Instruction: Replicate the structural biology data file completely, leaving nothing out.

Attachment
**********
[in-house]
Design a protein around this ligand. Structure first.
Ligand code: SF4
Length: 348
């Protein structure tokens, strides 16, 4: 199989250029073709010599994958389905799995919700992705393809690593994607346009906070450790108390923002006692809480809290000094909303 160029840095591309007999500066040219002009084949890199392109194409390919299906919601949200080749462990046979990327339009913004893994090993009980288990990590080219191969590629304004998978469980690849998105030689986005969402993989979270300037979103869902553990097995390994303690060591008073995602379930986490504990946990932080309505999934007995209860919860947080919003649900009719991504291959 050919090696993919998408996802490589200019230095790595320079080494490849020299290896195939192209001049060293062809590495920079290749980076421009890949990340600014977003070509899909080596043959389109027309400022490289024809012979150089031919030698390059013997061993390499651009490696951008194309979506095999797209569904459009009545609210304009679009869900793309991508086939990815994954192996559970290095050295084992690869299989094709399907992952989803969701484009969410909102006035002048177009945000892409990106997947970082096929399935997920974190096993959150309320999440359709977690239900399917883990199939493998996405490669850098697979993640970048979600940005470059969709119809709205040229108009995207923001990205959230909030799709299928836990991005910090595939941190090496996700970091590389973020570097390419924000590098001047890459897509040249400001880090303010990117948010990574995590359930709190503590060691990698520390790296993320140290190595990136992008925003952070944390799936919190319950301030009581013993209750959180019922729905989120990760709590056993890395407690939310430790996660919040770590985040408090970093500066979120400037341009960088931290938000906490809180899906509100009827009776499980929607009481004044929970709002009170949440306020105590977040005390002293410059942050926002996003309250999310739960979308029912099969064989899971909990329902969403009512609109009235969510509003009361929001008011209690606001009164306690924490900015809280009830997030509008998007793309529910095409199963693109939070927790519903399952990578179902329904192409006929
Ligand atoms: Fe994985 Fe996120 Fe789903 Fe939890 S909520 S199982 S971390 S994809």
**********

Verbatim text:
[in-house]
Design a protein around this ligand. Structure first.
Ligand code: SF4
Length: 348
């Protein structure tokens, strides 16, 4: 199989250029073709010599994958389905799995919700992705393809690593994607346009906070450790108390923002006692809480809290000094909303 160029840095591309007999500066040219002009084949890199392109194409390919299906919601949200080749462990046979990327339009913004893994090993009980288990990590080219191969590629304004998978469980690849998105030689986005969402993989979270300037979103869902553990097995390994303690060591008073995602379930986490504990946990932080309505999934007995209860919860947080919003649900009719991504291959 050919090696993919998408996802490589200019230095790595320079080494490849020299290896195939192209001049060293062809590495920079290749980076421009890949990340600014977003070509899909080596043959389109027309400022490289024809012979150089031919030698390059013997061993390499651009490696951008194309979506095999797209569904459009009545609210304009679009869900793309991508086939990815994954192996559970290095050295084992690869299989094709399907992952989803969701484009969410909102006035002048177009945000892409990106997947970082096929399935997920974190096993959150309320999440359709977690239900399917883990199939493998996405490669850098697979993640970048979600940005470059969709119809709205040229108009995207923001990205959230909030799709299928836990991005910090595939941190090496996700970091590389973020570097390419924000590098001047890459897509040249400001880090303010990117948010990574995590359930709190503590060691990698520390790296993320140290190595990136992008925003952070944390799936919190319950301030009581013993209750959180019922729905989120990760709590056993890395407690939310430790996660919040770590985040408090970093500066979120400037341009960088931290938000906490809180899906509100009827009776499980929607009481004044929970709002009170949440306020105590977040005390002293410059942050926002996003309250999310739960979308029912099969064989899971909990329902969403009512609109009235969510509003009361929001008011209690606001009164306690924490900015809280009830997030509008998007793309529910095409199963693109939070927790519903399952990578179902329904192409006929
Ligand atoms: Fe994985 Fe996120 Fe789903 Fe939890 S909520 S199982 S971390 S994809």